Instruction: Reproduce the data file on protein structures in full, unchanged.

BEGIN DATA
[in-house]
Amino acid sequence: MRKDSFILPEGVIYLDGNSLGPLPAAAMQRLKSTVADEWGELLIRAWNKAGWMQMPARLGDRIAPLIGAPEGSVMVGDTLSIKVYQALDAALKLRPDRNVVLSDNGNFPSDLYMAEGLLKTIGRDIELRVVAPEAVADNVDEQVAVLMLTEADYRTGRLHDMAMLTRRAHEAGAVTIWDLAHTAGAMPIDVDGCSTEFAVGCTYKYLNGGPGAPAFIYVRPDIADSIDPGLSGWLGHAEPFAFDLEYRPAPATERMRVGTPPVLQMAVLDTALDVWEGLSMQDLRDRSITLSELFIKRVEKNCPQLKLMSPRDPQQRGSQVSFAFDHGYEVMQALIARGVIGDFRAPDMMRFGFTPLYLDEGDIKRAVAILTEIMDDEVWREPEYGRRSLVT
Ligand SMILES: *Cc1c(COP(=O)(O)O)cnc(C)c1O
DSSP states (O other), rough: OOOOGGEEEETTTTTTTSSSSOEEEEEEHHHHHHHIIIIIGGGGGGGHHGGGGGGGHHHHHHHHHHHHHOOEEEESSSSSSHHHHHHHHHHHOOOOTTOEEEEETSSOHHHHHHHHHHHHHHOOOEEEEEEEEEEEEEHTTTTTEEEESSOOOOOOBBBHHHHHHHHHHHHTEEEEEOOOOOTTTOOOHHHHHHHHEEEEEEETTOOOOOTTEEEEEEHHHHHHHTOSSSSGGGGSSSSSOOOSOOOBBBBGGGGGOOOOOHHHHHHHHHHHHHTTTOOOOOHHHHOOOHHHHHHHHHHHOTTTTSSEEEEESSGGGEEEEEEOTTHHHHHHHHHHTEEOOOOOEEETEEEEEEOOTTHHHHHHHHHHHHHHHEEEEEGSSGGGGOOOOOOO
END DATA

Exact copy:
[in-house]
Amino acid sequence: MRKDSFILPEGVIYLDGNSLGPLPAAAMQRLKSTVADEWGELLIRAWNKAGWMQMPARLGDRIAPLIGAPEGSVMVGDTLSIKVYQALDAALKLRPDRNVVLSDNGNFPSDLYMAEGLLKTIGRDIELRVVAPEAVADNVDEQVAVLMLTEADYRTGRLHDMAMLTRRAHEAGAVTIWDLAHTAGAMPIDVDGCSTEFAVGCTYKYLNGGPGAPAFIYVRPDIADSIDPGLSGWLGHAEPFAFDLEYRPAPATERMRVGTPPVLQMAVLDTALDVWEGLSMQDLRDRSITLSELFIKRVEKNCPQLKLMSPRDPQQRGSQVSFAFDHGYEVMQALIARGVIGDFRAPDMMRFGFTPLYLDEGDIKRAVAILTEIMDDEVWREPEYGRRSLVT
Ligand SMILES: *Cc1c(COP(=O)(O)O)cnc(C)c1O
DSSP states (O other), rough: OOOOGGEEEETTTTTTTSSSSOEEEEEEHHHHHHHIIIIIGGGGGGGHHGGGGGGGHHHHHHHHHHHHHOOEEEESSSSSSHHHHHHHHHHHOOOOTTOEEEEETSSOHHHHHHHHHHHHHHOOOEEEEEEEEEEEEEHTTTTTEEEESSOOOOOOBBBHHHHHHHHHHHHTEEEEEOOOOOTTTOOOHHHHHHHHEEEEEEETTOOOOOTTEEEEEEHHHHHHHTOSSSSGGGGSSSSSOOOSOOOBBBBGGGGGOOOOOHHHHHHHHHHHHHTTTOOOOOHHHHOOOHHHHHHHHHHHOTTTTSSEEEEESSGGGEEEEEEOTTHHHHHHHHHHTEEOOOOOEEETEEEEEEOOTTHHHHHHHHHHHHHHHEEEEEGSSGGGGOOOOOOO